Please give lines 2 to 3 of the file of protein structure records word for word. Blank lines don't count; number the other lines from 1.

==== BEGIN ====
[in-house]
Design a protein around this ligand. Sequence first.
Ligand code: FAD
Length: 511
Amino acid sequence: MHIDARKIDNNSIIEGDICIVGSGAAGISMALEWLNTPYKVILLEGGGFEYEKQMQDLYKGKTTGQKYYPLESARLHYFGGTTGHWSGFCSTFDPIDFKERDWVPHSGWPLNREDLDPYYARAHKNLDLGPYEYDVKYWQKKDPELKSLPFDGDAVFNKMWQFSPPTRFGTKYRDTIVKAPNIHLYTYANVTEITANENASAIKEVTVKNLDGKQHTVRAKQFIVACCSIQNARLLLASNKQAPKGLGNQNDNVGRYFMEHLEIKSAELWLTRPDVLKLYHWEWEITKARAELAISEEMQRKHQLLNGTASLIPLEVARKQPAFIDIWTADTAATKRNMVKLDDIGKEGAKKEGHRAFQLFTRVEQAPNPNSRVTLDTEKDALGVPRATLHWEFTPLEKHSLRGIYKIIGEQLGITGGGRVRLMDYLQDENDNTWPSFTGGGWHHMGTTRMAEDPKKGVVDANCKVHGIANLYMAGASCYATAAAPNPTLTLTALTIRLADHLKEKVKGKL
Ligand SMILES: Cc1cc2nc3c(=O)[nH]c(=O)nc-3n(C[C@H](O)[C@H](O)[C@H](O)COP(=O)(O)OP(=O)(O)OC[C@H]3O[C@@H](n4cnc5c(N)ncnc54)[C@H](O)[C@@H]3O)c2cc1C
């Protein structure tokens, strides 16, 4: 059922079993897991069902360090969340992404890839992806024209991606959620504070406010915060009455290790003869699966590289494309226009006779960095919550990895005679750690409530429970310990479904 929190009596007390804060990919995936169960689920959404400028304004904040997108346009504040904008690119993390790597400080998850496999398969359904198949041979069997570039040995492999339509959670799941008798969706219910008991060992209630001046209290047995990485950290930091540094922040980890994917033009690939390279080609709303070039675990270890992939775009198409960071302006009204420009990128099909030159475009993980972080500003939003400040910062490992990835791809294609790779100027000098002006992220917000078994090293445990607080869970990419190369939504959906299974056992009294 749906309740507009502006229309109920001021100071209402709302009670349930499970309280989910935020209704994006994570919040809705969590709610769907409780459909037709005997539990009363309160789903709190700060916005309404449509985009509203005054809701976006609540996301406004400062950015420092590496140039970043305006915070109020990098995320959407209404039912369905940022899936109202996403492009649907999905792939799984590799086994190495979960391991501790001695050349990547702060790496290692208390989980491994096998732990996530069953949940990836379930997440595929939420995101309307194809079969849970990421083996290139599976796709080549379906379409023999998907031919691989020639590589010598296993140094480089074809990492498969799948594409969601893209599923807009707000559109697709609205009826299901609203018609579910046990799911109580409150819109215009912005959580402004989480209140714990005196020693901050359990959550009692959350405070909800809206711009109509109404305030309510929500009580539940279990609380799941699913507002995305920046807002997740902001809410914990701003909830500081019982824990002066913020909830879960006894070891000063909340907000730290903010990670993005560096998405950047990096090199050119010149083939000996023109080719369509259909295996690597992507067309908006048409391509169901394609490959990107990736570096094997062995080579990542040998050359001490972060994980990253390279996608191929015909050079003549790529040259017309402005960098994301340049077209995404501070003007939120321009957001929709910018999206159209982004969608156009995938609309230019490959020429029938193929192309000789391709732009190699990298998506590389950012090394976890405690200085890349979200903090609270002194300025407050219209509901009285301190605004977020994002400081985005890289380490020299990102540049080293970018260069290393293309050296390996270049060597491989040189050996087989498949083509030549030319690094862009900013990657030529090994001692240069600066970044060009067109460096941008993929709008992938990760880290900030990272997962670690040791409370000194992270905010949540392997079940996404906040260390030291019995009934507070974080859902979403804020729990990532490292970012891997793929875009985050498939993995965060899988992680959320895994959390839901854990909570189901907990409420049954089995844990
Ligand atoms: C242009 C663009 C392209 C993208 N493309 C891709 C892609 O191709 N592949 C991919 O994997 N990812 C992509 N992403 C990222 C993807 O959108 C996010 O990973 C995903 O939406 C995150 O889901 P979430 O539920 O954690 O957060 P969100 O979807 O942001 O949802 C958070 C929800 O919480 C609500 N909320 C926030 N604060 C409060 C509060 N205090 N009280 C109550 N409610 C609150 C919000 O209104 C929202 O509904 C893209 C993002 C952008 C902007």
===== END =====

Design a protein around this ligand. Sequence first.
Ligand code: FAD